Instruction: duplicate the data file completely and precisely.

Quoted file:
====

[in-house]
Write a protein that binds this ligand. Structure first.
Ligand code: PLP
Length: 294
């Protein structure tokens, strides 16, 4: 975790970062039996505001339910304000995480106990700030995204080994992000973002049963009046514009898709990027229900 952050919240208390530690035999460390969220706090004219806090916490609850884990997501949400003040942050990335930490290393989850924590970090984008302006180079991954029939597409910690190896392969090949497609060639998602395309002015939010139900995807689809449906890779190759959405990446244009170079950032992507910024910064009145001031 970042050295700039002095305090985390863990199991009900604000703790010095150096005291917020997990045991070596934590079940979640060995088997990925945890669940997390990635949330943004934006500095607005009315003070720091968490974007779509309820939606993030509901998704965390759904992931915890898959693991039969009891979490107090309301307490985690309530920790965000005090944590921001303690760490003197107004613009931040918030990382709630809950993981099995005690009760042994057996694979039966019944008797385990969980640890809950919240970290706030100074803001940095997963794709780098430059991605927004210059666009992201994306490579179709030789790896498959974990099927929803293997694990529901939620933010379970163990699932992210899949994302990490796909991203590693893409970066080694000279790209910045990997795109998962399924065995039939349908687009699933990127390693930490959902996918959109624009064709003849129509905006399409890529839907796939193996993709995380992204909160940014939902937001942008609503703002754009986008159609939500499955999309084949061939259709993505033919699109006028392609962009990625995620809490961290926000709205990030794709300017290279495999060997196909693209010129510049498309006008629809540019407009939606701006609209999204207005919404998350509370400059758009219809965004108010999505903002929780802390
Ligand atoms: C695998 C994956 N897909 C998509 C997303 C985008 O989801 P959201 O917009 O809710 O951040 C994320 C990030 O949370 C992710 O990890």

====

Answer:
[in-house]
Write a protein that binds this ligand. Structure first.
Ligand code: PLP
Length: 294
């Protein structure tokens, strides 16, 4: 975790970062039996505001339910304000995480106990700030995204080994992000973002049963009046514009898709990027229900 952050919240208390530690035999460390969220706090004219806090916490609850884990997501949400003040942050990335930490290393989850924590970090984008302006180079991954029939597409910690190896392969090949497609060639998602395309002015939010139900995807689809449906890779190759959405990446244009170079950032992507910024910064009145001031 970042050295700039002095305090985390863990199991009900604000703790010095150096005291917020997990045991070596934590079940979640060995088997990925945890669940997390990635949330943004934006500095607005009315003070720091968490974007779509309820939606993030509901998704965390759904992931915890898959693991039969009891979490107090309301307490985690309530920790965000005090944590921001303690760490003197107004613009931040918030990382709630809950993981099995005690009760042994057996694979039966019944008797385990969980640890809950919240970290706030100074803001940095997963794709780098430059991605927004210059666009992201994306490579179709030789790896498959974990099927929803293997694990529901939620933010379970163990699932992210899949994302990490796909991203590693893409970066080694000279790209910045990997795109998962399924065995039939349908687009699933990127390693930490959902996918959109624009064709003849129509905006399409890529839907796939193996993709995380992204909160940014939902937001942008609503703002754009986008159609939500499955999309084949061939259709993505033919699109006028392609962009990625995620809490961290926000709205990030794709300017290279495999060997196909693209010129510049498309006008629809540019407009939606701006609209999204207005919404998350509370400059758009219809965004108010999505903002929780802390
Ligand atoms: C695998 C994956 N897909 C998509 C997303 C985008 O989801 P959201 O917009 O809710 O951040 C994320 C990030 O949370 C992710 O990890």